of n=0,1,2,... IDL actually uses n= -N/2+1, -N/2+2, ...-1,0,1,...,N/2
The reason for doing this must have to do with FFT theory. Note also
that the number of values of n is N.

It gets more complicated. From the manual we have

F(u) = 1/N*sum_x(f(x)*exp(-j*2pi*ux/N)) , x=0,1,...N-1

First thing to realize is that F(u) is really F_n. Where n is an
integer. This comes from the fact that f(x) is periodic in x.

The manual also mentions that the "frequencies" are
Fo, 1/(NT),2/(NT),...,1/2T,-(N-2)/(2NT),...,-1/NT

After trial and error I have determined that the value of the ns range
for -N/2 to N/2. Futhermore, the F_n are stored in the order associated
with the following values of n

0,1,2,...,N/2,-(N/2-1),-(N/2-1),...,-1  <== this is bizarre!!

Let N=8. Then N/2=4

The F_n would be stored in an array. The array of n values associated
with this array would be:


Part #3: Specific Example

Consider the interval t = [0,1]. This choice of interval implies T=1.
Let f(t) = sin ( 4*pi*t)

f(t_i)=sin(2pi*2*i/N), i=0,1,...N

f(t_i)=sum_n(A_n*exp(-j*2pi*n*i/N)) , n=-N/2,...-1,0,1,...N/2
       = A_nN/2... + A_n2*(cos(2pi*(-2)*i/N)+j*sin(2pi*(-2)*i/N))+
                           + A_o+A_n1*exp()+A_1*exp()+
+ A_3*exp()+...
       =... + A_n2*cos(2pi*2*i/N)+A_2*cos(2pi*2*i/N) +
               +A_n2*j*(-1)*sin(2pi*2*i/N)+A_2*j*sin(2pi*2*i/N)) + ....
       = ... + (A_n2+A_2)*cos(2pi*2*i/N)+j*( -A_n2 + A_2)*sin(2pi*2*i/N)
+ ...

where A_n2 stands for A_n where n= -2

Equating the series to sin(2pi*2*i/n) we conclude

A_n = 0 for all n except  n = -2 or n = 2.

j*(-A_n2 + A_2) = 1

Let A_n2=(a_n2+j*b_n2) and A_2=(a_2 + j*b_2)

The above equations imply

(a_n2 + a_2)   + j*(  b_n2+b_2) = 0  &
j*[( -a_n2 + a_2) + j*( -b_n2 + b_2)] = 1
==> a_n2 + a_2=0, b_n2+b_2 =0 ==> a_n2= - a_n2, b_n2 = -b_n2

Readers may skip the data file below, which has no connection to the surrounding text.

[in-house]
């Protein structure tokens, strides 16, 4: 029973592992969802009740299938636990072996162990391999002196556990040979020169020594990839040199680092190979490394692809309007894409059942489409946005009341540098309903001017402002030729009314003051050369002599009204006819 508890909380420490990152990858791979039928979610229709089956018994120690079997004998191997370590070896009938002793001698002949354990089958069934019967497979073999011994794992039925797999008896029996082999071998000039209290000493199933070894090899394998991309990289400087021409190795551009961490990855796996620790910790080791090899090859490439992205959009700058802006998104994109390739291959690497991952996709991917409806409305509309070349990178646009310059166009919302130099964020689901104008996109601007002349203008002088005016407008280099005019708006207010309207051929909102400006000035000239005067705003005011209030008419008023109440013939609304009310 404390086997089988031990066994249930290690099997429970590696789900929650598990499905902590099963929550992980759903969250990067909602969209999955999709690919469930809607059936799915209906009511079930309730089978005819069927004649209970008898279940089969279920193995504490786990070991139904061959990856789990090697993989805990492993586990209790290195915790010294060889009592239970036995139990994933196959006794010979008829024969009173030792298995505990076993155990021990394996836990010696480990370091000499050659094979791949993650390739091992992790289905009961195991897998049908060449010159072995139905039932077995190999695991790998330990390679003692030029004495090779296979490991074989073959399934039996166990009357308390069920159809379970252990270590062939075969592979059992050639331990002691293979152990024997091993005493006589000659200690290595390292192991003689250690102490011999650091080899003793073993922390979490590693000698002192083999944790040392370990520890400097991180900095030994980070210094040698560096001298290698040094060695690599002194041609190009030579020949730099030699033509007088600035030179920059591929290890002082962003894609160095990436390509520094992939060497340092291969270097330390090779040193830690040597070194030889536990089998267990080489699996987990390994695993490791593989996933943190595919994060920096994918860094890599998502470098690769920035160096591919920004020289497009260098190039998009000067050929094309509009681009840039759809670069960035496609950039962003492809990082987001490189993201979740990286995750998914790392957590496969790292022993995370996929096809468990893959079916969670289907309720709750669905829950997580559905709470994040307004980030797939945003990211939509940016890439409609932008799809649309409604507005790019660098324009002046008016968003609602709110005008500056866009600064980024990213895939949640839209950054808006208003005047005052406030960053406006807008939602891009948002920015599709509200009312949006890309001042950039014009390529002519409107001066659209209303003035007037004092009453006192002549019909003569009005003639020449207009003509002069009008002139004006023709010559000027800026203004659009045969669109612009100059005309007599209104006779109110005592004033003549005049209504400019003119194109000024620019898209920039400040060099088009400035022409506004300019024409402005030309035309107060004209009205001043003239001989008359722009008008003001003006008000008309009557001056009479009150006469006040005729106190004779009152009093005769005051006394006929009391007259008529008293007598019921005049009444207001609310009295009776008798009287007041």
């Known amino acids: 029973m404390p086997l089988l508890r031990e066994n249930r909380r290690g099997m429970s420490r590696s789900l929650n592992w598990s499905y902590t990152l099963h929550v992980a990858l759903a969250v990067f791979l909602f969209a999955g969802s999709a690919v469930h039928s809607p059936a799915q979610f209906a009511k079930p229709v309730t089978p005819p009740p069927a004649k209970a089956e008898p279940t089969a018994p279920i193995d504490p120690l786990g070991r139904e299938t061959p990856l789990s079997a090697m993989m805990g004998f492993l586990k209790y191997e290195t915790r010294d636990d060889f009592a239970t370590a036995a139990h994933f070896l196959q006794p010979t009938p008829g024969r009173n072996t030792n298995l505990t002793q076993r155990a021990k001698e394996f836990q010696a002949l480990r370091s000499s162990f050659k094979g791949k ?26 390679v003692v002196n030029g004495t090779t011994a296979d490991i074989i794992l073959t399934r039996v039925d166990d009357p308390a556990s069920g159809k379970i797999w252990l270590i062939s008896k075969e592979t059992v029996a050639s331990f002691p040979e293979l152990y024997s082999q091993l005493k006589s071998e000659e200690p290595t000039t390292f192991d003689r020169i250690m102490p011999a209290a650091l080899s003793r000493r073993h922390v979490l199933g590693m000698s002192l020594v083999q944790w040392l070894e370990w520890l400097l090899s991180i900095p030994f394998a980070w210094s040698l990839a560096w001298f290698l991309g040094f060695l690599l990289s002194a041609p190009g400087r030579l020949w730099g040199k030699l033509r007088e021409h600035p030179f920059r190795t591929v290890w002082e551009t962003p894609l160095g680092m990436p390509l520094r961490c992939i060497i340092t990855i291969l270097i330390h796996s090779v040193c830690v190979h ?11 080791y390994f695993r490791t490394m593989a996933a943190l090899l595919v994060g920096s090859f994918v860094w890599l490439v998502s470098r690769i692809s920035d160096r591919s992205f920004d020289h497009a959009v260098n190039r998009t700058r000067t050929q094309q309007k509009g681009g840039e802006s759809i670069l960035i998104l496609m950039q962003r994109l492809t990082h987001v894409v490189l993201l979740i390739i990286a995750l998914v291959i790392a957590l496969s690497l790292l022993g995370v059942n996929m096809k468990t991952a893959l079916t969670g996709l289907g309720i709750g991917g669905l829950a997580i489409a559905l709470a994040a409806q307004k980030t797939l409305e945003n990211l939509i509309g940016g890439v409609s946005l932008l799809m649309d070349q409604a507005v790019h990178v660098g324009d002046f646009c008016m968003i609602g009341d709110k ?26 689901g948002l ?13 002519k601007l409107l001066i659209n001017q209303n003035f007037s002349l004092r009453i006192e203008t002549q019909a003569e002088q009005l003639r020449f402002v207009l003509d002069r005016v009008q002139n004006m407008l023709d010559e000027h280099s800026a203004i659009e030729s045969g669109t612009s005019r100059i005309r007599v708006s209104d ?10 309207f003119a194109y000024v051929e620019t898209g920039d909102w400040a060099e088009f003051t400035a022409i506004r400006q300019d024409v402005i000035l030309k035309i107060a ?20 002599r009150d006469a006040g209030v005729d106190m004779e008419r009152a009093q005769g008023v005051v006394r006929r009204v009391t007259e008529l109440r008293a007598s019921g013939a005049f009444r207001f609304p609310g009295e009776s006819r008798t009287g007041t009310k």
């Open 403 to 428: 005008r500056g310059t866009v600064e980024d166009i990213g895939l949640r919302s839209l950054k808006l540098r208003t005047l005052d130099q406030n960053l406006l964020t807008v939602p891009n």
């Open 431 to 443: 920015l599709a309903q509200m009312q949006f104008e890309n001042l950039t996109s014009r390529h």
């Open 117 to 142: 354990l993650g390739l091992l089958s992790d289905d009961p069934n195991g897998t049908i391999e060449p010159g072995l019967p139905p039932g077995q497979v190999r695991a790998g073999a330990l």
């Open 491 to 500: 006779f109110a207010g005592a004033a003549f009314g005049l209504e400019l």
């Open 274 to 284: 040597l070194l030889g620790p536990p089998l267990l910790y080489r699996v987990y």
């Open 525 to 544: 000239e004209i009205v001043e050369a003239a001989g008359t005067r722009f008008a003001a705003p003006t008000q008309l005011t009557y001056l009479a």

==> 2*a_n2=0 ==> a_n2=a_2 = 0
==> j*j*(2*b_2)=1 ==> 2*b_2 = -1/2, b_2 = 1/2

A_n2 = 0 + j*(1/2)

A_2  =  0 + j*(-1/2)

We now have calculated the solutions.

The following code calculates this and displays the correct answers. It
shows how to plot A_n vs n correctly.

;idl_program fft_sine.pro
plot,t,f_t, title='f(t) vs t'
A_n=fft(f_t,-1) ; complex fourier coefficients


c=[a,b] ; c=[-N/2+1,-N/2+2, ...,-1,0,1,...,N/2]
plot,c(sub),float(A_n(sub)),yrange=[-.5,.5],title='float(A_n) vs n'
plot,c(sub),imaginary(A_n(sub)),yrange=[-.5,.5], $
        title='imaginary(A_n) vs n'
        title='imaginary(An) vs n' ; finer x scale

Part #4 Specific Example:
T(x,y)= sin(6pi*x) + cos(4pi*y)

Hopefully the program below is somewhat self explantory.
It calculates the C=FFT(T,-1)

;idl_program fft_2D.pro
for i=0,Nx-1 do begin
   for j=0,Ny-1 do begin
      T(i,j)= sin(2.*!pi*3.*i/Nx) + cos(2.*!pi*2*j/Ny)
C=fft(T,-1) ; complex fourier coefficients
aaa=where(float(c) gt .4)
ns=[a,b] ; this is the array of n's associated with C(n). n goes with x
;print,ns ; n goes from 0,...,Nx/2, -(Nx/2-1),...,-1
subn=sort(ns) ;  n goes with x
ms=[a,b] ; this is the array of m's associated with C(n,m)
print,ms ; m goes from 0,...,Ny/2, -(Ny/2-1),...,-1
subm=sort(ms) ; m goes with y
sub_n_p3=where(ns eq 3)
sub_n_n3=where(ns eq -3)
sub_n_0=where(ns eq 0)
sub_m_p2=where(ms eq 2)
sub_m_n2=where(ms eq -2)
sub_m_0=where(ms eq 0)
; now we need to define CC(n,m) to have normal scaling in n & m.
for n=0,Nx-1 do begin
   for m=0,Ny-1 do begin
      CC(subn(n),subm(m))= C(n,m)